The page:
Closing the Strait is not the sole risk to the global energy market. Attacks on ships, especially those associated with Israel, can significantly impact trade. Shipping companies may be reluctant to send vessels through the Strait, potentially leading to longer alternative routes, higher shipping costs, and significant delays. Furthermore, if insurers perceive a high risk of violence, they may raise premiums for shipping companies, likely resulting in increased energy prices for consumers.
The war also poses a credible threat to the global information technology industry. Israel has the world’s second-largest number of startup companies and attracts 19% of global investment in cybersecurity. Leading globally in Research and Development (R&D) expenditures per GDP and receiving the highest rate of venture capital funding per capita, Israel’s tech sector is deeply interconnected with the global tech industry. Disruptions to Israel’s tech sector could lead to shortages of crucial inputs worldwide.
Should energy and essential technology input prices surge due to the spread of the war to oil-producing nations in the Middle East, there will be an intensification of inflationary pressures, adding to the already heightened inflationary environment. To counteract such price pressures, central banks may resume raising interest rates, directly impacting borrowing costs. This, in turn, could lead to a decline in consumer spending, negatively affecting global economic growth.
Amidst ongoing uncertainty, it is imperative for investors to remain vigilant to economic and market risks and prudently manage their portfolio’s risk and return objectives. The focus should be on establishing and maintaining a well-balanced portfolio capable of withstanding any unforeseen market surprises and fluctuations. By doing so, investors can better position themselves to navigate the uncertainties and potential challenges that may arise in the future.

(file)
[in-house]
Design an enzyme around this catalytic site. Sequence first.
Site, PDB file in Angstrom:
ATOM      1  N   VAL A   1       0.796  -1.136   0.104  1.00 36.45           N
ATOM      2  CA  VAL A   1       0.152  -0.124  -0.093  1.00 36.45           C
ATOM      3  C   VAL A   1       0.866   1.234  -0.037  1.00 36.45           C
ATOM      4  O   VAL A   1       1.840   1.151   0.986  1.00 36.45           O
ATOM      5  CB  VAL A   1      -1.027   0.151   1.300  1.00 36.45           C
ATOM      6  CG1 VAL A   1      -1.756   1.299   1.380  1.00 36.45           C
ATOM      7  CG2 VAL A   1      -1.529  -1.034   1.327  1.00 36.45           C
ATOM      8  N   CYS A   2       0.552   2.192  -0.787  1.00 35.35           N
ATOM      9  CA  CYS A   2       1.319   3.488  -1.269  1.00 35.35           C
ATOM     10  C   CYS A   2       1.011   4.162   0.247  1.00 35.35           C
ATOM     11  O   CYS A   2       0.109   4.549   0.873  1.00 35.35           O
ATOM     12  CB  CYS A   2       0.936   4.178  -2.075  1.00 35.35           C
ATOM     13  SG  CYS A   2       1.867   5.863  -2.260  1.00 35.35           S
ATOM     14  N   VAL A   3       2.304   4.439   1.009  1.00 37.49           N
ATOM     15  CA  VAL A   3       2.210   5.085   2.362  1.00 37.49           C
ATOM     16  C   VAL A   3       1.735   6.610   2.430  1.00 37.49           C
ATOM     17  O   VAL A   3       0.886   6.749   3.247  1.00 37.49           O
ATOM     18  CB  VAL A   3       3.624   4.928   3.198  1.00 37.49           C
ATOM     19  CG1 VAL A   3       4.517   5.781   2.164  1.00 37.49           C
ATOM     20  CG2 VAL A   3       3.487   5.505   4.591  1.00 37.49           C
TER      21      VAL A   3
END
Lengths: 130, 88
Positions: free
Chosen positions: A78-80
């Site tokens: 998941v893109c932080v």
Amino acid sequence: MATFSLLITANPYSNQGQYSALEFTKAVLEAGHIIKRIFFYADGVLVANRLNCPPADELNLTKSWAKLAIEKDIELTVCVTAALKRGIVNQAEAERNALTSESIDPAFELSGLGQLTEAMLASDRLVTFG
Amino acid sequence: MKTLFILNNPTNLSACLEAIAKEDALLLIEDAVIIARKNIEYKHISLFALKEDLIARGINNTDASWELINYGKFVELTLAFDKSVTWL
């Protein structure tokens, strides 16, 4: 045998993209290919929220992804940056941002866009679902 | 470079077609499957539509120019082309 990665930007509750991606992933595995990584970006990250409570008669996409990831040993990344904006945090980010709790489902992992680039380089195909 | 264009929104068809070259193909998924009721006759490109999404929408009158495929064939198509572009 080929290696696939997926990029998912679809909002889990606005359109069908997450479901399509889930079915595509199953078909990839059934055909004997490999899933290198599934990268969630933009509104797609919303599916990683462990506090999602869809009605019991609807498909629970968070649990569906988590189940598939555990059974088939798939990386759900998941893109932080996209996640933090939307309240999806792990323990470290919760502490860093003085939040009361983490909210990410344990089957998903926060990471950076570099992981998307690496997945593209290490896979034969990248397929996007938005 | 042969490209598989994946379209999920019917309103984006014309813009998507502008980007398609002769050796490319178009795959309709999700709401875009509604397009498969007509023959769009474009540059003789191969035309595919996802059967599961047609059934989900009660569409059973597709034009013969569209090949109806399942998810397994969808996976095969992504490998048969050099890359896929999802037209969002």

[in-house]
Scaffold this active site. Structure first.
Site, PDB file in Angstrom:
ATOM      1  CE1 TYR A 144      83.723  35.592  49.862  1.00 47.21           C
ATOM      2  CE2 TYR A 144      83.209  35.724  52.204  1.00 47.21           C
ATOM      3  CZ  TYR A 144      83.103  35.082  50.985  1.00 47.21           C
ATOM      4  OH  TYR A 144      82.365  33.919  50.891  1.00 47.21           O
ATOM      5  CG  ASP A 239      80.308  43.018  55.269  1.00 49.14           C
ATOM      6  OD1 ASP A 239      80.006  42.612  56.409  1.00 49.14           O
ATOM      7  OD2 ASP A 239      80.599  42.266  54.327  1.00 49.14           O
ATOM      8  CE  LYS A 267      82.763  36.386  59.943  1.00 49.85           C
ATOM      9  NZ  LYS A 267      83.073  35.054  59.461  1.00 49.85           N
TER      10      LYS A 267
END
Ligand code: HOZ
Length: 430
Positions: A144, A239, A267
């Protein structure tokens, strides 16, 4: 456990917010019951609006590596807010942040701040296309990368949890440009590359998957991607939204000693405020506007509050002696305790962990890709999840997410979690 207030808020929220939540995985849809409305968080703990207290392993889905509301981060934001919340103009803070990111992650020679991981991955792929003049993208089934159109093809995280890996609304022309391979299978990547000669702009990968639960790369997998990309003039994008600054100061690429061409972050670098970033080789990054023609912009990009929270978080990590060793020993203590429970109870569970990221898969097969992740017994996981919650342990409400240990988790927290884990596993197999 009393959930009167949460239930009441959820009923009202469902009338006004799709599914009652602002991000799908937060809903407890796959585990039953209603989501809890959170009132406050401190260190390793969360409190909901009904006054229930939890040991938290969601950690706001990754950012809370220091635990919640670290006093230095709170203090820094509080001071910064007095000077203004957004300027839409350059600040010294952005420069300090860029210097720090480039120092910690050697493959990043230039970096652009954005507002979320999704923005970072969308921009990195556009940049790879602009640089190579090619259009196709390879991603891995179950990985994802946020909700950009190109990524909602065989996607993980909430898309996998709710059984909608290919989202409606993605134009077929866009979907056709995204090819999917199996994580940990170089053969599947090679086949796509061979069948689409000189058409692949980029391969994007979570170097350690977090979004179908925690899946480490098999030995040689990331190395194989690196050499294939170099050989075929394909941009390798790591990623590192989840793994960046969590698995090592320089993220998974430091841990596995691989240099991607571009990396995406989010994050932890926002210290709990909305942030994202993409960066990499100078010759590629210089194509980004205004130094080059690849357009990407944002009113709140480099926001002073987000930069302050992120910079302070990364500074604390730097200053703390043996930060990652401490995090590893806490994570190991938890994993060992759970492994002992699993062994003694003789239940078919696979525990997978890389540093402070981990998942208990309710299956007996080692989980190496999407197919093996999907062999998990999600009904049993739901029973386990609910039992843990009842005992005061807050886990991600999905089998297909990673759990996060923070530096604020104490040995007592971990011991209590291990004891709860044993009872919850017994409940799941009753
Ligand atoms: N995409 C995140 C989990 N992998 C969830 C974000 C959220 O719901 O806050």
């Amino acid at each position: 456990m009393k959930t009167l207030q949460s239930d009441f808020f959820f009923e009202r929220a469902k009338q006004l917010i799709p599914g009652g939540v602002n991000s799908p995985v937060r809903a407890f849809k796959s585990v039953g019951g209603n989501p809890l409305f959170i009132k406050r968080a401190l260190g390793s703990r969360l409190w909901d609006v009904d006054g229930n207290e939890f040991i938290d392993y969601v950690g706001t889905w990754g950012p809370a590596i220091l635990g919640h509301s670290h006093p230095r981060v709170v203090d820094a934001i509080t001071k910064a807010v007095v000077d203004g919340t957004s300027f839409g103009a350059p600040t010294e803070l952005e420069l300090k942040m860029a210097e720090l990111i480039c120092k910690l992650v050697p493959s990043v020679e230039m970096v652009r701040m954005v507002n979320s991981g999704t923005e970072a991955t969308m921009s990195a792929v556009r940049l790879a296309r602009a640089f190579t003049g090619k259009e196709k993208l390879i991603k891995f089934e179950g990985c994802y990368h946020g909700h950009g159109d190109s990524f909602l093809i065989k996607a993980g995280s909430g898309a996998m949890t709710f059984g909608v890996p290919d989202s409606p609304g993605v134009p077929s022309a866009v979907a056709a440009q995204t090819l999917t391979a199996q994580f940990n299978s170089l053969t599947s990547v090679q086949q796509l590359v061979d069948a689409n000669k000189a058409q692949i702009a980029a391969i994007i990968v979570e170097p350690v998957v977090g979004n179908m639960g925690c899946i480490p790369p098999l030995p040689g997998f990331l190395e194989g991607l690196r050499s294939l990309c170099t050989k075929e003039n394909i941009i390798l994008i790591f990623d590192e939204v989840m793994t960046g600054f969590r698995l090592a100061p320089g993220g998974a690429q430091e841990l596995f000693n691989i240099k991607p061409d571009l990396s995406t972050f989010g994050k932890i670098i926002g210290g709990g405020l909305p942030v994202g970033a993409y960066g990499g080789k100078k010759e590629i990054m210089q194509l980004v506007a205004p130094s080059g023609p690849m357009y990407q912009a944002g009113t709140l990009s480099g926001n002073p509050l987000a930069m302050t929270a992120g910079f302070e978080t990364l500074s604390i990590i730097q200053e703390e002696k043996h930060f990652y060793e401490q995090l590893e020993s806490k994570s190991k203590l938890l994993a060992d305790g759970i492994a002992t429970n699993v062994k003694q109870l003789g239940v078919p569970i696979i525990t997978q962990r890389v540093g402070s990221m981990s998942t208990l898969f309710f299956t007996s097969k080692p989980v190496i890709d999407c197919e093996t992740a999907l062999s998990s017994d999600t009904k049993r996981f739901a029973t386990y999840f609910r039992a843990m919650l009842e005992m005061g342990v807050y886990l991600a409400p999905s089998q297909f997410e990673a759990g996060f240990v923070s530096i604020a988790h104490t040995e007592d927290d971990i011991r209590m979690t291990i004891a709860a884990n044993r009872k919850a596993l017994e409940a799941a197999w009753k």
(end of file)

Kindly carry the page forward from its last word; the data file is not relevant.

First Citizens Bank Limited (hereinafter “the Bank”) has prepared this report which is provided for informational purposes only and without any obligation, whether contractual or otherwise. The content of the report is subject to change without any prior notice. All opinions and estimates in the report constitute the author’s own judgment as at the date of the report. All information contained in the report that has been obtained or arrived at from sources which the Bank believes to be reliable in good faith but the Bank disclaims any warranty, express or implied, as to the accuracy, timeliness, completeness of the information given or the assessments made in the report and opinions expressed in the report may change without notice. The Bank disclaims any and all warranties, express or implied, including without limitation warranties of satisfactory quality and fitness for a particular purpose with respect to the information contained in the report. This report does not constitute nor is it intended as a solicitation, an offer, a recommendation to buy, hold, or sell any securities, products, service, investment or a recommendation to participate in any particular trading scheme discussed herein. The securities discussed in this report may not be suitable to all investors, therefore Investors wishing to purchase any of the securities mentioned should consult an investment adviser. The information in this report is not intended, in part or in whole, as financial advice. The information in this report shall not be used as part of any prospectus, offering memorandum or other disclosure ascribable to any issuer of securities. The use of the information in this report for the purpose of or with the effect of incorporating any such information into any disclosure intended for any investor or potential investor is not authorized.
We, First Citizens Bank Limited hereby state that (1) the views expressed in this Research report reflect our personal view about any or all of the subject securities or issuers referred to in this Research report, (2) we are a beneficial owner of securities of the issuer (3) no part of our compensation was, is or will be directly or indirectly related to the specific recommendations or views expressed in this Research report (4) we have acted as underwriter in the distribution of securities referred to in this Research report in the three years immediately preceding and (5) we do have a direct or indirect financial or other interest in the subject securities or issuers referred to in this Research report.